Early fault detection technology developed at RMIT is helping utility providers across Victoria reduce the high number of bushfires caused by powerline sparks.
Reducing power faults to cut bushfire risk
A first in the utilities services industry, the award-winning technology provides continuous monitoring and analysis of power lines, providing asset owners with real time diagnostic alerts via text message.
Created by RMIT researchers in collaboration with IND Technology, the Early Fault Detection (EFD) service has been implemented by three major Victorian power utilities providers and a metro train network in Asia.
A 2017 report by the Climate Council listed Melbourne’s rural-urban fringe as among the most vulnerable in the world to bushfires. As the city’s population continues to grow, it encroaches into surrounding bushland, increasing risk to life and property from bushfires.
State-wide, Victoria has sustained around half of the Australian annual economic cost of bushfires, approximately $180 million, despite comprising only 3% of the continent.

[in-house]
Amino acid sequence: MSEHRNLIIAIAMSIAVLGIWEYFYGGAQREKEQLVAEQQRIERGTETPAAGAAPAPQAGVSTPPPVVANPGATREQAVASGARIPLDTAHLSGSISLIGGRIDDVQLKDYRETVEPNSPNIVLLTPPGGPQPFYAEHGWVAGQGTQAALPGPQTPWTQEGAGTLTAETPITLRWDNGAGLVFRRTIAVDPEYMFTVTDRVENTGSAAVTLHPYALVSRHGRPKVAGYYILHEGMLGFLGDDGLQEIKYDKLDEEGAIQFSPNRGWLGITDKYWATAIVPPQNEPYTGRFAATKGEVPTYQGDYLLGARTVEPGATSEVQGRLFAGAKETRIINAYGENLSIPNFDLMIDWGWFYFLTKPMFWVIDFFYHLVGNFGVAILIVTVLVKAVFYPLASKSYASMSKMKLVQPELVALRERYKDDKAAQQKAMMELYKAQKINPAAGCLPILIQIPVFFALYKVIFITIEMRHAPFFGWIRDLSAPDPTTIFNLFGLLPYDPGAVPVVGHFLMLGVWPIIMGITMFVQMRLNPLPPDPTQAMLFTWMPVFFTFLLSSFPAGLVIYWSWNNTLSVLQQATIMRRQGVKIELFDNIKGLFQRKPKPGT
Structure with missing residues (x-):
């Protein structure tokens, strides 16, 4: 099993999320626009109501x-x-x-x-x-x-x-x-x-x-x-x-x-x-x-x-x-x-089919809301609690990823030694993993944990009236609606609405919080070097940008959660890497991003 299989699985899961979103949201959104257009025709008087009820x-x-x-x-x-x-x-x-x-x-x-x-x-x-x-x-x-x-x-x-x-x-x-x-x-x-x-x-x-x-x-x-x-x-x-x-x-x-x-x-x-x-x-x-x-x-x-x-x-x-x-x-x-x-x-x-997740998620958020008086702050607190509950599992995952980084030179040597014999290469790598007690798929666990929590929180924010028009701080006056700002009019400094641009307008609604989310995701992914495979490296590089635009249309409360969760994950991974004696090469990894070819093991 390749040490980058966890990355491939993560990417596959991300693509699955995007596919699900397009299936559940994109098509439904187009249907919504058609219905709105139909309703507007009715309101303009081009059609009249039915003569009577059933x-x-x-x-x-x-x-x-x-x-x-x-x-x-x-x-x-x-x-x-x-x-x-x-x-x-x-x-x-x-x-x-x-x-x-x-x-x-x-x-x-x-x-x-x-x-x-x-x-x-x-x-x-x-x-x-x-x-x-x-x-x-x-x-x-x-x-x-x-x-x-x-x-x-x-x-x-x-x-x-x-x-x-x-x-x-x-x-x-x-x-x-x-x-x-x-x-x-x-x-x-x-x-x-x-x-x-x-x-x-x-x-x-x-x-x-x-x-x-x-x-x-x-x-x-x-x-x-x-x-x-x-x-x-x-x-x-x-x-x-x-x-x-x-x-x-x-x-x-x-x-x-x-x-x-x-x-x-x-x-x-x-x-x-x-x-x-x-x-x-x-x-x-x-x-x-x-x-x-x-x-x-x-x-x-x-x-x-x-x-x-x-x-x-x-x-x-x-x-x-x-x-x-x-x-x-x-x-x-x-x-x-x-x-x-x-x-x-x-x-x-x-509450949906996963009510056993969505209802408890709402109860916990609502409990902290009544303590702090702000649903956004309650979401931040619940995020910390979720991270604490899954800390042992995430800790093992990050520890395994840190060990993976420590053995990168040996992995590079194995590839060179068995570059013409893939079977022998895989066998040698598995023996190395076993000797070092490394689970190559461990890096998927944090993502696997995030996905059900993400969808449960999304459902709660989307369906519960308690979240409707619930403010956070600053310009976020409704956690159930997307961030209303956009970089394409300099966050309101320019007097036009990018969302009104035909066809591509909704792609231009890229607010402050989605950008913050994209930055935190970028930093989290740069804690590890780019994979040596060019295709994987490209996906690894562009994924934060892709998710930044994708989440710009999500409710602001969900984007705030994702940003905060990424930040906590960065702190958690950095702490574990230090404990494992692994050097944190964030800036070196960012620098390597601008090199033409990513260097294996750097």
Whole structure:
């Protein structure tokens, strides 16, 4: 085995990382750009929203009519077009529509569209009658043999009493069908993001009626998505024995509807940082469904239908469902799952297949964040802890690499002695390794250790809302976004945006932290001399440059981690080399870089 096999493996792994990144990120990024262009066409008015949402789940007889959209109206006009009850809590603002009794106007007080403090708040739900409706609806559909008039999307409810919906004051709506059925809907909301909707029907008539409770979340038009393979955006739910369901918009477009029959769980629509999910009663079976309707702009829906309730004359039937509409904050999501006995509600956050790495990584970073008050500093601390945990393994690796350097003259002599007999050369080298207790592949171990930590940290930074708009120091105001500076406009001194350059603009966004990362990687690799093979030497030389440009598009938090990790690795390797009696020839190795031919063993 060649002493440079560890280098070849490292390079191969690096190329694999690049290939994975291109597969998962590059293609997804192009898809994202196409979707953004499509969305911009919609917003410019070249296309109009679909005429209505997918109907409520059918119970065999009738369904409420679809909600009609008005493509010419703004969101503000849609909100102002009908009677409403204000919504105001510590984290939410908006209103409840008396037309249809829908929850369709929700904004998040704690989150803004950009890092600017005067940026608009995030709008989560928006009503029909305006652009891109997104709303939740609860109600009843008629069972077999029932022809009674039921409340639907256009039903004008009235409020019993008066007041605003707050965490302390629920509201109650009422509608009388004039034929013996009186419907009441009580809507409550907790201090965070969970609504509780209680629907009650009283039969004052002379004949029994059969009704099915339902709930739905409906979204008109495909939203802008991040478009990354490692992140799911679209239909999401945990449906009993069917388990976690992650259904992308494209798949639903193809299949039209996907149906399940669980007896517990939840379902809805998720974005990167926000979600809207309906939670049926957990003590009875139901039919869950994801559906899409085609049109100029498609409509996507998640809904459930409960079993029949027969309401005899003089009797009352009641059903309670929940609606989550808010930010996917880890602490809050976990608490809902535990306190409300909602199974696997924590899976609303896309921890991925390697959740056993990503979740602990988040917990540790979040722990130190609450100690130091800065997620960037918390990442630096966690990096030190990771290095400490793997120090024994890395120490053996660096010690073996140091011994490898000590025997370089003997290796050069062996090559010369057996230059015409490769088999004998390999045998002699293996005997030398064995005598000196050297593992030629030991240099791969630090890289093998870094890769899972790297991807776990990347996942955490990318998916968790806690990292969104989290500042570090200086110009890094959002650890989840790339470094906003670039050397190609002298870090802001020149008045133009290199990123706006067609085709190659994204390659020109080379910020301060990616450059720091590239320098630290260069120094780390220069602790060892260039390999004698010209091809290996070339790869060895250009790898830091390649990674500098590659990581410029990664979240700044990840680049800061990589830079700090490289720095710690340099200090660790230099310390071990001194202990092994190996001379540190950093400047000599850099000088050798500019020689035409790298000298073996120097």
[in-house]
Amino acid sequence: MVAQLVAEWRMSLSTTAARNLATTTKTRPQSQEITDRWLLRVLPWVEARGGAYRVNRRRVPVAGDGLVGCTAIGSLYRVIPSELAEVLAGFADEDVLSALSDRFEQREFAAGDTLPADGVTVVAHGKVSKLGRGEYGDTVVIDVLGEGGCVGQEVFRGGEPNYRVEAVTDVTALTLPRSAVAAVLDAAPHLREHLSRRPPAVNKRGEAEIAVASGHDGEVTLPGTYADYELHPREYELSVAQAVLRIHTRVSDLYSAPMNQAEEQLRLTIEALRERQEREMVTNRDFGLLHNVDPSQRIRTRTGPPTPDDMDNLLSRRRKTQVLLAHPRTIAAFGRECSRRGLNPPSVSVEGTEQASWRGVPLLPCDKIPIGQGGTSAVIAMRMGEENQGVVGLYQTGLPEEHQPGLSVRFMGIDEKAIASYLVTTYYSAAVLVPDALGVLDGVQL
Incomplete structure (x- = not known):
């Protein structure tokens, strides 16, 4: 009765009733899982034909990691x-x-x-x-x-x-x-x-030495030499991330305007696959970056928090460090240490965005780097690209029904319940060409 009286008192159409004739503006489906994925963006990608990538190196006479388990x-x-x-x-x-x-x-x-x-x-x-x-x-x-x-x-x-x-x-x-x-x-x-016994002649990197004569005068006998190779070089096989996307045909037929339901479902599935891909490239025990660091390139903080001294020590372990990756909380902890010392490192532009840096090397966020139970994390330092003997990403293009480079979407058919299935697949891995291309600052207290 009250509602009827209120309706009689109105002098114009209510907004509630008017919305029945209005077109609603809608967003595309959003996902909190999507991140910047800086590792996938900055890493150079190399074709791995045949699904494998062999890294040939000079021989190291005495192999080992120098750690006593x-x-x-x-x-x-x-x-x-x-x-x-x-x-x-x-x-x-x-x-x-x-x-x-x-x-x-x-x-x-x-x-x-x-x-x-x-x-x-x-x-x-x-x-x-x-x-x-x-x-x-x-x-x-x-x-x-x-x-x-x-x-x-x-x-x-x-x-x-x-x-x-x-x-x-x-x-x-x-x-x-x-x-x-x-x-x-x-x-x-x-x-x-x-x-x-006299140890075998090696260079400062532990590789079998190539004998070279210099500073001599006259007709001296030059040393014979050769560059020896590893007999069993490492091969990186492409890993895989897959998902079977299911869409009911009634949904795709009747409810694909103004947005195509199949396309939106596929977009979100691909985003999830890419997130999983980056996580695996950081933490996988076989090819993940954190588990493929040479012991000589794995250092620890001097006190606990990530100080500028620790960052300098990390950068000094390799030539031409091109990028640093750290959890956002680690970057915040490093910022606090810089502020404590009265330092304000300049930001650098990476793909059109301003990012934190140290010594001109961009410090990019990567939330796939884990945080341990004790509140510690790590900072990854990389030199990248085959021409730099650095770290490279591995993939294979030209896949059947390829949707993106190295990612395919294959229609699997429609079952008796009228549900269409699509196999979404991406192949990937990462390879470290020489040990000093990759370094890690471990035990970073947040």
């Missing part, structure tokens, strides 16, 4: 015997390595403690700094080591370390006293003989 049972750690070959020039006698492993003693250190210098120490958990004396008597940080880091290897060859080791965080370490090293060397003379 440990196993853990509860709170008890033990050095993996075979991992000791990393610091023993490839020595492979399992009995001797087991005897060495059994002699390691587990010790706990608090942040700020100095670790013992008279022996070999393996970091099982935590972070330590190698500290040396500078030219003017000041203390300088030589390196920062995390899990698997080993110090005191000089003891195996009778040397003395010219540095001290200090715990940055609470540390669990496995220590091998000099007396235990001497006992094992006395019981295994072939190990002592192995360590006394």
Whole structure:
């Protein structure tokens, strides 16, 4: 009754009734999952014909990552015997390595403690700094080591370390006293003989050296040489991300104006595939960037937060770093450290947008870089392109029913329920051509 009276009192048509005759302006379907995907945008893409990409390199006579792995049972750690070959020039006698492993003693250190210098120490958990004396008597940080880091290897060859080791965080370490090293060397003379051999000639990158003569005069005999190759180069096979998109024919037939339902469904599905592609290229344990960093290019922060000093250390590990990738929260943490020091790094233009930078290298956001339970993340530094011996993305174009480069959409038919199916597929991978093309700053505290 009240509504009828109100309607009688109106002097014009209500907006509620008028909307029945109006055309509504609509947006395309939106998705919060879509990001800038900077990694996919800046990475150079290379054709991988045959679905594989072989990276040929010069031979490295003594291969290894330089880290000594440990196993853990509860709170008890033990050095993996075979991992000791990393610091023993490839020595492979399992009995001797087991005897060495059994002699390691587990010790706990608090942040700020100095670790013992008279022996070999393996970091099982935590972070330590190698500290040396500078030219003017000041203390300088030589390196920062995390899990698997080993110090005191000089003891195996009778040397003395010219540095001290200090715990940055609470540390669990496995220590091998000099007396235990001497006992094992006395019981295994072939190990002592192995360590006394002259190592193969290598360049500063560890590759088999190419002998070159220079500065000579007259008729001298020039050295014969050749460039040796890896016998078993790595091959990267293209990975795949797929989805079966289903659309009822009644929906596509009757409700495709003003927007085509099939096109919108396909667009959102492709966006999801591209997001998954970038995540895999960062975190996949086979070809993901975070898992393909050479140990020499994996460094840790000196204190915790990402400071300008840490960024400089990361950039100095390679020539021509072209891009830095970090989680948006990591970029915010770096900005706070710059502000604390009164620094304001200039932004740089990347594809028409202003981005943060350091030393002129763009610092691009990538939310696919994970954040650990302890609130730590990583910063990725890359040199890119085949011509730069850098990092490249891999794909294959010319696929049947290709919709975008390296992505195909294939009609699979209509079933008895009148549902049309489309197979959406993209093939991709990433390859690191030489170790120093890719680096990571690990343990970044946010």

Associate Professor Alan Wong from RMIT’s School of Engineering is an expert in partial discharge and fault detection on aging infrastructure. He is also the founder and managing director of IND Technology and lead researcher on the project.
Awarded the PACE Zenith “Best Network Implementation” Award, as well as the Victoria’s Fire Awareness Award for “Innovation and Design”, Wong said the system is unlike anything else in the market due to the patented sensing method and data processing algorithm behind it.
“An incipient fault is simply a fault that is going to happen through deterioration but hasn’t occurred yet. Faults like this can now be detected in time for preventative action to be taken, significantly improving the reliability and safety of power supply,” he said.
Alerts are sent to asset owners to warn of early signs of defects including vegetation proximity, pole top fires and smouldering on wooden poles, surface pollution on insulators, insulation defects in underground cables and SWER networks.
With a projected 500% return on investment on the cost of roll out, the EDF system is designed to provide affordable, remote monitoring capability, enabling utilities providers to reduce the risk of fire causing faults across the state.